Garden State (2004)
Critic Consensus: Delivering a quirky spin on familiar twentysomething tropes -- with a cannily-placed soundtrack -- Garden State has enough charm to mark a winning debut for first-time director Zach Braff.
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as Dr. Gideon Largeman
as Andrew `Large' Largeman
as Dr. Cohen
as Young Hollywood Guy
as Restaurant Manager
as Karl Benson
as Obnoxious Girl
as Aunt Syliva Largeman
as Neurology Receptionist
as Mrs. Lubin
as Man Having Sex
as Handi-World Cashier
as Gleason Party Drunk
as Teen in Hallway
as Peeping Tom
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Critic Reviews for Garden State
Feels too piecemeal and ultimately inconsequential to grab the public where it counts.
This is a movie where 'sensitivity' and 'sincerity' are signposted by songs by Paul Simon and Nick Drake, which I guess says it all.
Mr. Braff, Ms. Portman, Mr. Sarsgaard and Mr. Holm never strike a false note as a remarkably coherent acting ensemble, and it is good to see Ron Leibman again in the small role of Doctor Cohen.
Cleverly written, sensitively directed and very well-acted.
His movie is sweet-natured and skillful, but its biggest problem is perhaps one Braff wasn't prepared to deal with: his own performance -- or, more accurately, the decision to place a deliberately flat performance at the film's heart.
Garden State may not define an entire generation, but it has a sharp eye for the passive aimlessness that can take hold when young adults realize there's no handbook on how to find purpose and meaning in life.
Audience Reviews for Garden State
Touching and charming, Garden States features great performances (especially from Natalie Portman) and an interesting premise. It also contains some memorable scenes that are expertly crafted and at times smartly hilarious.
A small-time actor (Zach Braff), doped up on heroic doses of antidepressants, returns home to New Jersey for his mother's funeral and finds love with a quirky lady (Natalie Portman) while working through his family issues. The first half hour is an excellent, deadpan comedy of alienation that feels like a 21st century riff on THE GRADUATE; momentum slowly fades away as the script yields originality to the conventions of the romantic comedy genre.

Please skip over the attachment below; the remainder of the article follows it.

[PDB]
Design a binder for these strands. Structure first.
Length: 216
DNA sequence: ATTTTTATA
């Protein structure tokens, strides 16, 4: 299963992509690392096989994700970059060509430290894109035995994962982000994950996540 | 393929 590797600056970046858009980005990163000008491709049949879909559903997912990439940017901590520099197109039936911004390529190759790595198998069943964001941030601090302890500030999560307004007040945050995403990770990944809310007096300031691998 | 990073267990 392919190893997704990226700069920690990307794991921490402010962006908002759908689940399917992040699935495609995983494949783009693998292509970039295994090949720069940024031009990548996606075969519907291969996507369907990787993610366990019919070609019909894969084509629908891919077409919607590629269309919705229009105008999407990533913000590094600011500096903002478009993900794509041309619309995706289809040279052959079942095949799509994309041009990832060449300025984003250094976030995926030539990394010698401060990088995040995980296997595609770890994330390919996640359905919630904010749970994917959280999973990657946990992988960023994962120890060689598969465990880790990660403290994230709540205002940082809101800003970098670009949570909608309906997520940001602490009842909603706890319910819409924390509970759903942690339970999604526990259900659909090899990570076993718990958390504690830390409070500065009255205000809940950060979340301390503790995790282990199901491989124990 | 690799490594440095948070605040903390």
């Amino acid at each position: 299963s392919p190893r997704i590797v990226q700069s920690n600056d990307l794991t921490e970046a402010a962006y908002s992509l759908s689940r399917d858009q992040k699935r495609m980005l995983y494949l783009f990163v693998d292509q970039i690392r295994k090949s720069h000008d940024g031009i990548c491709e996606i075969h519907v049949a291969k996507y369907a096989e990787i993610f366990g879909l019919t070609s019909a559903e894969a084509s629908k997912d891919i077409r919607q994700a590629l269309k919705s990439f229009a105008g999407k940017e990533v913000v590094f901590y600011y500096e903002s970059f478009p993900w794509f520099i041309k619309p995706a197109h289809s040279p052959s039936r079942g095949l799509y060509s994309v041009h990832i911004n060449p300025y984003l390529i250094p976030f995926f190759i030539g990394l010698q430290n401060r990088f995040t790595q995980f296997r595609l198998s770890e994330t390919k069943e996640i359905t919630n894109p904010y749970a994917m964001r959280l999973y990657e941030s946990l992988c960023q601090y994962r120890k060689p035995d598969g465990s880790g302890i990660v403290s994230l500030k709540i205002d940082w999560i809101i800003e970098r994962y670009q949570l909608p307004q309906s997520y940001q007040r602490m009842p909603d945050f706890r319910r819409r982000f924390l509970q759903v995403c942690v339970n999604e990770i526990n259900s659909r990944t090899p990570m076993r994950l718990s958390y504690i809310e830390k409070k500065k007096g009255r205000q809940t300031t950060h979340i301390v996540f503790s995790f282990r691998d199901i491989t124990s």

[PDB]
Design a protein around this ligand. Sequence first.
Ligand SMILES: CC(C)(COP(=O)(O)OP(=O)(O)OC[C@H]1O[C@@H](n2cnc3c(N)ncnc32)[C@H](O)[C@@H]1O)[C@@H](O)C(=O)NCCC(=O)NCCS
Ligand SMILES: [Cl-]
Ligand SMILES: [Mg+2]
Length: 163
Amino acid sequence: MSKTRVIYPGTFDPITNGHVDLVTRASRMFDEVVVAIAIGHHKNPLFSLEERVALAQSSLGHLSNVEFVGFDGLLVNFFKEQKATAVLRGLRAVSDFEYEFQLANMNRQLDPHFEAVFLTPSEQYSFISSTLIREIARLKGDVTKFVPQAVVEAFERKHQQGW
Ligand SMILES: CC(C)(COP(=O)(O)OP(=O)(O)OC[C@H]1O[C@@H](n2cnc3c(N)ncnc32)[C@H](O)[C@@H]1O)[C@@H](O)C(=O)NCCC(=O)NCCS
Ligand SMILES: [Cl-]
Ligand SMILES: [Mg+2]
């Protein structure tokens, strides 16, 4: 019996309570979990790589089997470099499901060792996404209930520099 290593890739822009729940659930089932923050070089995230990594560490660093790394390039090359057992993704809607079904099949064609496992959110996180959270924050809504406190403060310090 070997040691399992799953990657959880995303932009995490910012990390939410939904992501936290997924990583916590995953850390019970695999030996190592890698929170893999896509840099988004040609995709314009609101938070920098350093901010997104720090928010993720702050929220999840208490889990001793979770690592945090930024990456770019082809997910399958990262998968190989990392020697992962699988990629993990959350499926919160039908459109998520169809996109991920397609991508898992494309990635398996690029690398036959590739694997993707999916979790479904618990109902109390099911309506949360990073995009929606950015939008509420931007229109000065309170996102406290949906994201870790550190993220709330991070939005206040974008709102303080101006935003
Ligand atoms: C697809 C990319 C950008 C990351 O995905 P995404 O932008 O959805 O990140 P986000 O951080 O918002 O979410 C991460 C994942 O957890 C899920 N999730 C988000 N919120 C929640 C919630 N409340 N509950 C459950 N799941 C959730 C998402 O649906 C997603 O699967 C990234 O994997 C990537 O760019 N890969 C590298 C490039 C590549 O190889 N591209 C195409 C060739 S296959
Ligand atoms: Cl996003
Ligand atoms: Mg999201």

The directorial debut of sitcom actor Zach Braff, many were impressed and surprised by the serious depth and eccentric writing in the script. Also starring in the titular role of Andrew Largeman, Braff is mirroring his own life story and the reaches of his own depression at the time he wrote the script. Now an indie darling and cult classic, the film certainly resonates because of its following of a family's turmoil, but more importantly the role of the deadened senses of the young, and how a person in a quagmire really needs to grab at life for the good. The film centers on child actor turned waiter Andrew, who comes back to his home state of New Jersey for the funeral of his father. He runs into his friends from high school, meets a doctor's receptionist who is a pathological liar and a loveable girl next door, and tries to understand the procession of his life without mood altering drugs or the guilt over his mother's injury. Most of the film is about a love story between down and out Andrew and epileptic Sam, who is making her way through life while keeping her disability a secret and trying to connect to someone besides her loving and yet embarrassing mother. Full of really great and odd performances, it contains many great actors who usually take on smaller and yet substantial roles such as Peter Sarsgaard as a grave digging kleptomaniac, Ian Holm as Andrew's psychiatrist father, who had put his son into a lithium infused haze, and strangely enough a cameo from rapper Method Man as a bellhop. Sincerely, Braff has created a very youth centered and dramatized film, including a Grammy winning soundtrack put together by Braff himself, and an ending that is understandably clichéd and yet satisfying.
Garden State Quotes
|Andrew Largeman:||There's a handful of normal kid things I kinda missed.|
|Samantha:||There's a handful of normal kid things I kinda wish I'd missed.|
|Mark:||The only thing worse than a favor is a favor involving money.|
|Andrew Largeman:||Are you doing anything right now?|
|Samantha:||Can you elaborate on doing anything?|
|Andrew Largeman:||I just know this guy Jesse who bought this mansion that's right up here and we wants me to come visit him, but I don't want to stay very long. So I was thinking if you came too I could just say I have to take you home when I'm ready to go.|
|Samantha:||Wow. That's pretty damn random of you, Andrew. Nice to meet you. Can I use you?|